Starting February 2015, Medicare will cover yearly screenings to detect lung cancer for certain people with Medicare who have been heavy smokers and have no symptoms of cancer. The service includes a yearly Low Dose Computed Tomography (LDCT also called low dose CT) chest scans. Before the first scan, you must have a visit with your physician, nurse practitioner, or physician’s assistant to discuss the benefits and risks of the scan. The provider will also advise you about the importance of quitting or avoiding smoking and provide information about smoking cessation services when appropriate. After the first scan, the written order for the scan can be provided during any visit with a health care provider. A separate counseling visit is not required.
To qualify for this benefit you must:
- Be age 55 to 77 and currently smoke or have quit smoking in the past 15 years;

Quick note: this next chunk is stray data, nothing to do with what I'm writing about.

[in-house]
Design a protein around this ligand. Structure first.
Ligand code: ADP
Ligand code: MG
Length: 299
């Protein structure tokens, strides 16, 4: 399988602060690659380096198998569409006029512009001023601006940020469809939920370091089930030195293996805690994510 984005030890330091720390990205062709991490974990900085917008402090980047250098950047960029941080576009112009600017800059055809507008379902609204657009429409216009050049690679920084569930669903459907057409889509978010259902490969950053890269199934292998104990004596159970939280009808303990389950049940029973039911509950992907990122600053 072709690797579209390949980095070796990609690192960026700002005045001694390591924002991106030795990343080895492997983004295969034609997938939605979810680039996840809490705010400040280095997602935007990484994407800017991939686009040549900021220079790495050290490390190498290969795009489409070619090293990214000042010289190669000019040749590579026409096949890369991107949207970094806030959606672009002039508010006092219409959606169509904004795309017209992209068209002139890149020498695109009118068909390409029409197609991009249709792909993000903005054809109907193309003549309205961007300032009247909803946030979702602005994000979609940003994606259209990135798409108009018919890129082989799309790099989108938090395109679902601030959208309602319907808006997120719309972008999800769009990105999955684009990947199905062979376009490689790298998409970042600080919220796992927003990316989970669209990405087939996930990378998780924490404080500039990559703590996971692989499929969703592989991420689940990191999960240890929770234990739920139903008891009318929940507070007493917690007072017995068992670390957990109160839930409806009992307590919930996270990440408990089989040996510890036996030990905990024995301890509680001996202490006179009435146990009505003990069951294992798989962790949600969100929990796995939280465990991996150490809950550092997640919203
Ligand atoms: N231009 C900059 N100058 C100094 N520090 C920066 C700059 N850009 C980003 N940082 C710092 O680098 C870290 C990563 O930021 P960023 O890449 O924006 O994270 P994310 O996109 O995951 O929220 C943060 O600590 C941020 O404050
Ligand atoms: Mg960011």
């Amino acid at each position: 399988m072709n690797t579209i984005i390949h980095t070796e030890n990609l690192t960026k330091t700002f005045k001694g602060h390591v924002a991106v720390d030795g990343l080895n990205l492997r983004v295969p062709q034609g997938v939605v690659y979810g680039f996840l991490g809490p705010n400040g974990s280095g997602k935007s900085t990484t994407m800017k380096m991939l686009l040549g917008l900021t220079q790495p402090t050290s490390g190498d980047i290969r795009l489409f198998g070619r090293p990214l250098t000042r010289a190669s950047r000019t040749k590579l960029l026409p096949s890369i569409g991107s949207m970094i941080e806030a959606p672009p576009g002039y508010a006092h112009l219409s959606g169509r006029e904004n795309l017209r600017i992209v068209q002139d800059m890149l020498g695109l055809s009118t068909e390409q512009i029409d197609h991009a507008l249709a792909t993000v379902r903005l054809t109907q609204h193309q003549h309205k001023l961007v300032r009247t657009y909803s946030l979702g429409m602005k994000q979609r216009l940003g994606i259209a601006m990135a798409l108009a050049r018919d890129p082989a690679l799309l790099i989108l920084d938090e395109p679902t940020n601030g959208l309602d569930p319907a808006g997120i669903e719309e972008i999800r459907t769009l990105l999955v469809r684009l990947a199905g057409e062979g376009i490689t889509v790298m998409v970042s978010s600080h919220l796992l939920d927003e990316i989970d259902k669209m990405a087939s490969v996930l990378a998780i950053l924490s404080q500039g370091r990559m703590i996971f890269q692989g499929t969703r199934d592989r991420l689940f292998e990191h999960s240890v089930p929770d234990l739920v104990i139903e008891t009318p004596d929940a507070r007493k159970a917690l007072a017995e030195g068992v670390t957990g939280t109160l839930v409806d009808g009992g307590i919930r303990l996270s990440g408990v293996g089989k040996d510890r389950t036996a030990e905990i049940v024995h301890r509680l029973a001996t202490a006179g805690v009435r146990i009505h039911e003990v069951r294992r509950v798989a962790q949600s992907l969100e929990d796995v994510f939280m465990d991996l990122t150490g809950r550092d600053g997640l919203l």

- Have smoked an average of one pack per day for at least 30 years;
- Have no symptoms or signs of lung cancer; and
- Receive the chest scan at a qualified radiology facility.
Speak to your radiology facility to see if it is a Medicare-approved to perform this preventive scan.
If you have Original Medicare, there is no coinsurance or deductible for the lung cancer screening if you use providers who take assignment. Doctors and other health care providers who take assignment cannot charge you more than the Medicare approved amount.
If you have a Medicare Advantage Plan, your plan cannot charge you deductibles, copays, or coinsurances as long as you see in-network providers. If you see providers that are not in your plan’s network, charges will typically apply.